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useless person, I don’t have a job, the least I can do is that I can suffer with this family. My task was done at 10pm, the surgery nurse and I were not invited. I went back home that night, a 6 hour drive, thinking, Monday I hope I can find a way to be with this family. Sunday night I made a few phone calls. I found out the patient’s name, the son was a volunteer, a Catholic. Next Monday I was off from the trauma dept, he was technically no longer my patient but I really wanted to stay with him. I was wondering if they would play music for him? He was on pain medication. They said “ok, he likes Beethoven but not Bach,” he never responded to me until later. I realized that what I was doing, talking to him, music, it was very dramatic because I thought I was breaking rules. I felt that I was doing what I’m not supposed to do. I felt divided, and didn’t want to tell doctors because they might tell me it’s not my patient. What I found was that, being on trauma service call was a gift from Christ, to be able to offer the sharing and suffering with the family, internal commitment to follow with this family and not reduce the need in front of them.  Dulce Cruz (Geriatric Fellow, St. Louis University, St. Louis MO) At the end of the first year, as I was doing my rotation in a nursing home, I met Ms. D, over 70 years old. She was diagnosed with diarrhea and treated with antibiotics. I received a call saying that she was refusing medication and being mean to the healthcare professionals, saying “I don’t want to be treated by black women,” and she didn’t want me to touch her. During that call, I took her vital signs, she had hypotension, dehydration. I proposed transfer to the hospital, but she refused, then I ordered antibiotics, but the lady refused the treatment. At the end I talked to the daughter and suggested to send her to the ER. She didn’t want her mom to go to the ER either. I insisted that she was sick and she could die. But the daughter insisted “What’s the difference? I don’t want her to go there, she will be even more confused. Doctor, please give her 3 more days, with the current medication”. At that moment I remembered what Elvira said in her talk at the 2009 MedConference, ‘to follow the patient’, so I decided to give her 3 more days. Next day, as I was doing my rounds, I ran into the infectious disease doctor, she gave me the idea to add liquid antibiotics…. The patient accepted because it’s not a pill. She still refuses medication (pills), but she’s healthy now and happy in her own world. For me it was a teaching experience, sometimes we forget what the patient asks of you. This was strange for me, because I was able to put away the book and follow reality, follow the patient, despite that this was a risk for her life and that this meant more work for me and the nurses.  Landon Russel (Medical school, 3 rd year. Cornell University, New York, NY) I had an experience this past spring, during my final exam. The exam was straight forward, to examine and conduct a history and physical exam of a patient under observation and I did. This was a HIV positive Hispanic immigrant, in for certain routine maintenance. After the exam, the professor brought me back, told me “You did a good job, but I would like you go a step further; what led him to come to the US, to think he has HIV? You need to take into account the entirety of his person.” I left the clinic not wholly convinced that I’m supposed to ask according to the checklist. My opinion changed when I found myself sitting next to him on the 7pm train back from Queens. When I first noticed him, we acknowledged each other with a nod, but I hesitated to talk. Would this be crossing the bounds of professionalism? How am I to respond to a casual encounter with a patient outside of the clinic? I pondered moving seats. Then, the thought occurred to me: why need he be different from any other fellow subway rider? Besides, in short time he would be on his way and I on mine. So, I kept my seat. He spoke to me. “I was kind of  ________________________________________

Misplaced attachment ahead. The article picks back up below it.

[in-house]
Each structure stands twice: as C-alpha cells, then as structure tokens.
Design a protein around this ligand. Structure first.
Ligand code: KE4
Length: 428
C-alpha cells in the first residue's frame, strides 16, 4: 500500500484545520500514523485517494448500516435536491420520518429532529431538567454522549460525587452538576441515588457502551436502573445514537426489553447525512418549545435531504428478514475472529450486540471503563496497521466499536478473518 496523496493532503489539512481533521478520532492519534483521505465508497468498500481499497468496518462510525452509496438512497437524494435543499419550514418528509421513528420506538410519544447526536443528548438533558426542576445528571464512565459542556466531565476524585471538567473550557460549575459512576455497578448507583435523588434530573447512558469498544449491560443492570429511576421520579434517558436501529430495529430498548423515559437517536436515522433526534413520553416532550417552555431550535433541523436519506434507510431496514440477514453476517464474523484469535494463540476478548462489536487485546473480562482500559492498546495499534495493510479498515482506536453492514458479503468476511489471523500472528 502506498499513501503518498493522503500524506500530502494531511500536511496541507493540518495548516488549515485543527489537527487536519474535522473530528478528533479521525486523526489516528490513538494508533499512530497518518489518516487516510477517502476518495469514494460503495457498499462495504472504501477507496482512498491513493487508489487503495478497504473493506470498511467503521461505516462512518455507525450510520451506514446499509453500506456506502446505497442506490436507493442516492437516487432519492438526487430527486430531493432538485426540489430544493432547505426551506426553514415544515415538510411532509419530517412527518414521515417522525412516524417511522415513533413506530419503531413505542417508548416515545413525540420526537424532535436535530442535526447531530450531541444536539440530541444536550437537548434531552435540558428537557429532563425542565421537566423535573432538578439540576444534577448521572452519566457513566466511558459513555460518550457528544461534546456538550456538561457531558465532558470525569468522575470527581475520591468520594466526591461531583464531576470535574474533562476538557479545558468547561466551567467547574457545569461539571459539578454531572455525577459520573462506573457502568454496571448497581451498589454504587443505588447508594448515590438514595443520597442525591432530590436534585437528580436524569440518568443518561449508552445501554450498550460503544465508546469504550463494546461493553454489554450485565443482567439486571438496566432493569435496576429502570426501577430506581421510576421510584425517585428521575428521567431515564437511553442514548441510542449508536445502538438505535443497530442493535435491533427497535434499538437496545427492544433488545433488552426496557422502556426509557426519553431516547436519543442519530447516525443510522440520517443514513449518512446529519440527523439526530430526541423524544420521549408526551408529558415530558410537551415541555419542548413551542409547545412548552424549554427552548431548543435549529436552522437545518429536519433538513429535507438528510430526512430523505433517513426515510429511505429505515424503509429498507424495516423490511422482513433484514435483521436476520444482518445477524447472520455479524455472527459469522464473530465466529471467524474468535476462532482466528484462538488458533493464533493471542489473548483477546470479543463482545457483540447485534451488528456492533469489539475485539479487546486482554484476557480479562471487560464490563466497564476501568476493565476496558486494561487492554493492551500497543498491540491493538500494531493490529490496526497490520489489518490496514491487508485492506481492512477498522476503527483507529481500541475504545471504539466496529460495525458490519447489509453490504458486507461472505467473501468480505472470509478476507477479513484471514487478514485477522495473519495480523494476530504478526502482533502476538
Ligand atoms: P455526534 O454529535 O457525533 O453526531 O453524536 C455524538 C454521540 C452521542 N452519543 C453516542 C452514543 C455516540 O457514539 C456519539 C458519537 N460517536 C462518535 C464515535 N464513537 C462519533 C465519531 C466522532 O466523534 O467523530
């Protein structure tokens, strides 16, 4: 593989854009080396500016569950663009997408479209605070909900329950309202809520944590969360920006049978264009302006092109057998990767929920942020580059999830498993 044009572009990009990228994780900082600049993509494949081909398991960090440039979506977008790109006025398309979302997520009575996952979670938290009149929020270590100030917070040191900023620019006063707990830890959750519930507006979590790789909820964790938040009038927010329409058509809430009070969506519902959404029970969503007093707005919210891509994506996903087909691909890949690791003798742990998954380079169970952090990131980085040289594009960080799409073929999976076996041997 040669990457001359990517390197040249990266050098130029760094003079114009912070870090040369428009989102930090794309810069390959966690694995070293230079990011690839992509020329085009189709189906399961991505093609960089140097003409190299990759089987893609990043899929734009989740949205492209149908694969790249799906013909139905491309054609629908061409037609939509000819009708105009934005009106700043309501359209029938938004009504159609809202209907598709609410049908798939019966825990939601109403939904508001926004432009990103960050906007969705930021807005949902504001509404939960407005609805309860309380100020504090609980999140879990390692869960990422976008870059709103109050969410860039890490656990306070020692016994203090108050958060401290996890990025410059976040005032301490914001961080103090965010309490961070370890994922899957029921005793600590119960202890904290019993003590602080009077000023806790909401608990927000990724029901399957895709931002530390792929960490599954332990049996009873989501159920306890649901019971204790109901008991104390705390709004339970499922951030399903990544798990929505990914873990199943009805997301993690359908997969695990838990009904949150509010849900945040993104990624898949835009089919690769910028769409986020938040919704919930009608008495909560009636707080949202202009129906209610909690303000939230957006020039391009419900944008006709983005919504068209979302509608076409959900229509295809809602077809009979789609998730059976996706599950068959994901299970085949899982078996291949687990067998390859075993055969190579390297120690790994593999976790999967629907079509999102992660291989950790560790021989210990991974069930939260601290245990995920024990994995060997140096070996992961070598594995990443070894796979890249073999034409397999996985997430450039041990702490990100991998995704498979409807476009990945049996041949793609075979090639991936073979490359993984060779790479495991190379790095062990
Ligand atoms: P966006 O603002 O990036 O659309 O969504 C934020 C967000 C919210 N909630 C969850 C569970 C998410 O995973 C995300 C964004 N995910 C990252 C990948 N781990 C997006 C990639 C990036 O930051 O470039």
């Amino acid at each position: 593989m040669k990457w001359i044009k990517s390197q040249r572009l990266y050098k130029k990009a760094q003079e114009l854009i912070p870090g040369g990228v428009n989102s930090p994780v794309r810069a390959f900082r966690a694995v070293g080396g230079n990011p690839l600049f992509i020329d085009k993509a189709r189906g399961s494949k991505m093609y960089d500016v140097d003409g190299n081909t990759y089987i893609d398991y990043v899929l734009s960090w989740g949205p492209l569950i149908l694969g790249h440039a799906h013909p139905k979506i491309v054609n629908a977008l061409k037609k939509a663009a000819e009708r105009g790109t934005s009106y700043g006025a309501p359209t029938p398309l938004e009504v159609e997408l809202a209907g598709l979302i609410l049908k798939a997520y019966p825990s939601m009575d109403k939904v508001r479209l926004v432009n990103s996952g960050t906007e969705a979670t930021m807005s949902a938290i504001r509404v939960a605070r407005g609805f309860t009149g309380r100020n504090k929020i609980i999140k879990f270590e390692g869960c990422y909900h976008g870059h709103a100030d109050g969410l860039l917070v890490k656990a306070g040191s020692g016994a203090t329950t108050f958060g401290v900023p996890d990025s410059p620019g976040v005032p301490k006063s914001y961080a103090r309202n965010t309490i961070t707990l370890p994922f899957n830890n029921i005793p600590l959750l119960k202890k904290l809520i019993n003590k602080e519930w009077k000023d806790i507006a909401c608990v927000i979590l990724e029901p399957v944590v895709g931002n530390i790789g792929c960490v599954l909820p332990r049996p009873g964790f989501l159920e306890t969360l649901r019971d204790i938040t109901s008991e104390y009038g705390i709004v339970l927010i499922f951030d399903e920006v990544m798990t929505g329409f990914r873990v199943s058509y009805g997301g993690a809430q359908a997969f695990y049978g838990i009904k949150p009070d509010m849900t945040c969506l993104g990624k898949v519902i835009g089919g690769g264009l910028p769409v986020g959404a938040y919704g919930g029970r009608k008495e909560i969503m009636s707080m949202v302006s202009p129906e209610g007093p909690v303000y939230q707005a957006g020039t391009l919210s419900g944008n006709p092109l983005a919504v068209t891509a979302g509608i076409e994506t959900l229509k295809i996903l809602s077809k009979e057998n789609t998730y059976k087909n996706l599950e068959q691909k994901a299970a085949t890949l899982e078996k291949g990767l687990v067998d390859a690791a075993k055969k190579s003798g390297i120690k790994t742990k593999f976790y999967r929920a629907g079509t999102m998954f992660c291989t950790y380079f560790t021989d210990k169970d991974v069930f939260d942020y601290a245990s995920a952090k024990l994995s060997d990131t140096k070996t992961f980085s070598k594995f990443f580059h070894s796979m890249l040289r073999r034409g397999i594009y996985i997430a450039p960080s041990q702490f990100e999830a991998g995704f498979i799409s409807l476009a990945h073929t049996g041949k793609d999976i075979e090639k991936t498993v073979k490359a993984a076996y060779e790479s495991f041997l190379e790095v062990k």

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nervous during the exam,” he told me. “Yeah, so was I,” I responded. That was it. The ice was broken; the conversation, begun. As we began to talk, the reality became clear to me that in modern medicine, the decreasing time devoted to personal interaction combined with the increasing technical demands required of professional care make it all too easy for the healthcare provider to ‘otherize’ the patient. During our initial encounter in the exam room, even when I asked all the prescribed questions on the social history, my view of him was still constricted. In the clinic, the patient was a Latin American immigrant who came to the US to work. From our subway conversation, he was a bright, educated professional who left his home country to find a place where he believed his talents would be put to better use. In the clinic the patient spoke little English and had difficulty responding clearly to questions. From our conversation, he was an articulate speaker who preferred to express himself in his native Spanish (which was not possible to speak in during the initial exam). Through this more genuine exchange with the patient about his life, he became for me less of an “other” and more of a “we” with whom I share a lot to better everyone’s burden.  I left the train, he got off somewhere in Queens, I went back to Manhattan, later it hit me that even if I asked all the required questions, there’s still so much more to that person. If we don’t sort of take that effort to that person we are constricting our views on what they are. Being on the force for so many hours, you have little time, get to the patient, get to the details, but you can remain at the surface if we don’t make an effort to look at the patients in the entirety of their life.  This is the experience that I brought home with me. Maximilian Zucchi (physiotherapy student at McGill University, Montreal, CA)  I will tell you about a short story that happened to me in a clinical site visit. I went to this hospital, I had this little experience later that led me to write an article on euthanasia. There was this 36 year old patient that looked 50 because of her condition. She was really deteriorating. I spent an hour and a half with her during the whole session, I was really struck, it was a very enjoyable environment, I wanted to get the most of the patient and the physiotherapy. During the whole session something was bothering me; how can this woman still find purpose to live? She may die in a few years. At the end of the session she turned to me and said: it is only thanks to people like her (the physical therapist) that I can say life is worth living. This lead me to judge the experience that I had there. A simple gesture has an eternal dimension, like Dr. Reggiori said, this simple gaze on the patient, washing her hair, calling the Russian interpreter like the nurse Veronica did, this is the eternal dimension, my life is worth living. Then I wrote an article on it, participating to what has been a huge debate on Euthanasia in Quebec. What was said was that we’re not doing a battle against euthanasia but we want to introduce this new humanity. Through my friendships, through these medical conferences, I want to have the same gaze like the gaze of this physiotherapist had towards the patient I just talked about. Laurence Normand-Rivest (Medical school, McGill University, Montreal, CA) This year has challenged us through the debate on euthanasia. It had been prepared by pro- euthanasia groups for 2 or 3 years, but the society debate started in March of 2009 when an old man, who had terminal prostate cancer, wrote to Le Soleil of Quebec city to ask publicly to our minister of health to have euthanasia. Dr Bolduc answered right away that he would start the debate at the National Assembly. I was restless at that time: it seemed to me that something very dangerous would soon be introduced in my province, so I went around my friends of the community (*) asking them if I  ________________________________________